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Monday, 28 June 2010 08:45

Looks Like Sessions Has a Taste for Retribution

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Jeff Sessions still has his panties in a knot because:

In 1986, Sessions was a 39-year-old U.S. attorney in Alabama. His nomination to be a U.S. District Court judge was troubled from the start because of controversy surrounding his prosecution of civil rights activists for voting fraud.  Sessions' fate was sealed after Democrats called several witnesses who accused him of a pattern of racial insensitivity -- including calling a black lawyer "boy" and civil rights groups such as the NAACP "un-American." 

Sooooo:  Sessions: 'It's Conceivable A Filibuster Might Occur' Against Kagan

Honestly it would be hilarious if it weren't so pathetic -- John McCain still attempting to look and sound presidential:  (scroll down) "McCain: Generals Didn't Criticize Timetable, 'And They Should Have Because They Know Better.'

Would someone please put him out of his misery and tell him, he LOST.

Just have to wonder if Candy Crowley is auditioning for a spot on FOX NEWS.  She is so anti-Democrat, it's not even subtle:

Sunday show hosts allow Republicans to misinform about Kagan -- CNN's Crowley allows Cornyn to attack Kagan as having "expressed hostility to Second Amendment rights" and claimed Kagan "refus[ed] to allow military recruiters to come to Harvard."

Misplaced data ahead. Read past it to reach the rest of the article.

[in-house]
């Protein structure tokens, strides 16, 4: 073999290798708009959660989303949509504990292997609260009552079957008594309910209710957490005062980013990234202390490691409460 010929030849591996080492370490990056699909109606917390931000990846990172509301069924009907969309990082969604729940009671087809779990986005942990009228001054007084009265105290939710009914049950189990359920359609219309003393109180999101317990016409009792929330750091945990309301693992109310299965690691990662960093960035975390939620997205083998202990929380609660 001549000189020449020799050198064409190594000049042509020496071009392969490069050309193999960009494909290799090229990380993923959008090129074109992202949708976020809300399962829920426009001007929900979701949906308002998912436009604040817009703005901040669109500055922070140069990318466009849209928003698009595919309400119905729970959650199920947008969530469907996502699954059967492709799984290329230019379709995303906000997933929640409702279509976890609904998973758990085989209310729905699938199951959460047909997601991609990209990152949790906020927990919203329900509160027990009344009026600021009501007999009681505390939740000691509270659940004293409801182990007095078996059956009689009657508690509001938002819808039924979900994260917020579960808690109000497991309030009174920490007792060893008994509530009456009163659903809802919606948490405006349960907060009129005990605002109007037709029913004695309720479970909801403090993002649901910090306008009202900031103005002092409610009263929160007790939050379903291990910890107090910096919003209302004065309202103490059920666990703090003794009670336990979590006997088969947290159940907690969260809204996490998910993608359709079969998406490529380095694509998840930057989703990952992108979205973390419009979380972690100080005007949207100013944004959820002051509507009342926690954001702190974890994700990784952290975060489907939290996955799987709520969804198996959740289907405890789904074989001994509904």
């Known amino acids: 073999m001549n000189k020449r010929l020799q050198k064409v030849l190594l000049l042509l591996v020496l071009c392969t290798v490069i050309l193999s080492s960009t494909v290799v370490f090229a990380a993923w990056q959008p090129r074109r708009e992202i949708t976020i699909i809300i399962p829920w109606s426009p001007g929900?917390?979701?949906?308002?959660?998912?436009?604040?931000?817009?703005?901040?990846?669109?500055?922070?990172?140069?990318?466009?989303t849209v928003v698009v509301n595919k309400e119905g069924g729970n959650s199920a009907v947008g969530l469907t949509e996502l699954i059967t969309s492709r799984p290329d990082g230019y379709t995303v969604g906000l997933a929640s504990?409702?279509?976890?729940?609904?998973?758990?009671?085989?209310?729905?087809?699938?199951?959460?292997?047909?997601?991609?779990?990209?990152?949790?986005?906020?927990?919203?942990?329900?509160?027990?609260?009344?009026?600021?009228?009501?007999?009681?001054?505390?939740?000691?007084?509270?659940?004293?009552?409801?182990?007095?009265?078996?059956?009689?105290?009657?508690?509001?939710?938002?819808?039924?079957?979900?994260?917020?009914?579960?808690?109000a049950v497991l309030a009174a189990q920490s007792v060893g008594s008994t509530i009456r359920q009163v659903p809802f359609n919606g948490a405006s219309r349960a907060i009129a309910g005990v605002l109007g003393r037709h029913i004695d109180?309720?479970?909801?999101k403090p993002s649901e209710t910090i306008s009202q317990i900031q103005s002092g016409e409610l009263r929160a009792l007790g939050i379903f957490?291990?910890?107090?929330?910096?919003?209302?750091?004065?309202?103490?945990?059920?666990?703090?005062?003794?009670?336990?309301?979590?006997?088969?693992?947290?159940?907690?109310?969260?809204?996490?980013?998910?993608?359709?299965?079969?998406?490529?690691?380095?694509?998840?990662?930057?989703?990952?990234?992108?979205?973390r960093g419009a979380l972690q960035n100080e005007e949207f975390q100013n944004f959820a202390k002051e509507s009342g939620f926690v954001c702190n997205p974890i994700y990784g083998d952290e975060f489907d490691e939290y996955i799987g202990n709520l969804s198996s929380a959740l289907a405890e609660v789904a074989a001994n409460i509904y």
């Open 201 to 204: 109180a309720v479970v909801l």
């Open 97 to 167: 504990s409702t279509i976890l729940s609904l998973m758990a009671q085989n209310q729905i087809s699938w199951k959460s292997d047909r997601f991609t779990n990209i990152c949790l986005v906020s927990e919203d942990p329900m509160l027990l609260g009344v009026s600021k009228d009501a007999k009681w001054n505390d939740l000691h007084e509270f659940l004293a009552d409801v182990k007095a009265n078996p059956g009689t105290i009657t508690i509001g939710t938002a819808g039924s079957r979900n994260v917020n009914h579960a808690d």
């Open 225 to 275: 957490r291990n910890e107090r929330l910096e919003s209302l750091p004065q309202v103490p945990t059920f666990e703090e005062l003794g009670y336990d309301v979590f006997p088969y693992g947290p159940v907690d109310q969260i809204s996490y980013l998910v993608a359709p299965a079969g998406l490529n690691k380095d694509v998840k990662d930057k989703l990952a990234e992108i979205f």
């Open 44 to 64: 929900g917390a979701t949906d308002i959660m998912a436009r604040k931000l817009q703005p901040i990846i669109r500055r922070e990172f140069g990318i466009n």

She allows the lies Repuglicans tell; she never challenges the remarks a Repuglican makes.  CNN can reshuffle the line-up, and switch anchor positions, but this total Repuglican bias is the reason CNN is way down in the ratings wars.

The scariest thing of all that's happening in America today -- the Repuglicans have managed to do to this country what all out war and what no terrorist have ever been able to do.  The conservative, "Extreme" Supreme Court has destroyed democracy in America

On January 21, 2010, the day the Supreme (now Extreme) Court under John Roberts declared that corporations and the very rich had a right to speak louder than the rest of us during campaigns, it was immediately clear that representative democracy in this country would be a thing of the past. The rich, already enormously powerful, were going to own the system outright. The court extended that January gift to the very rich, and dealt what is almost sure to be the death blow to American democracy, on June 7, 2010, when it declared in a case involving Arizona election law that public funding couldn't be used to even the odds for a less-than-rich candidate running against a candidate of great wealth or supported by great (corporate) wealth.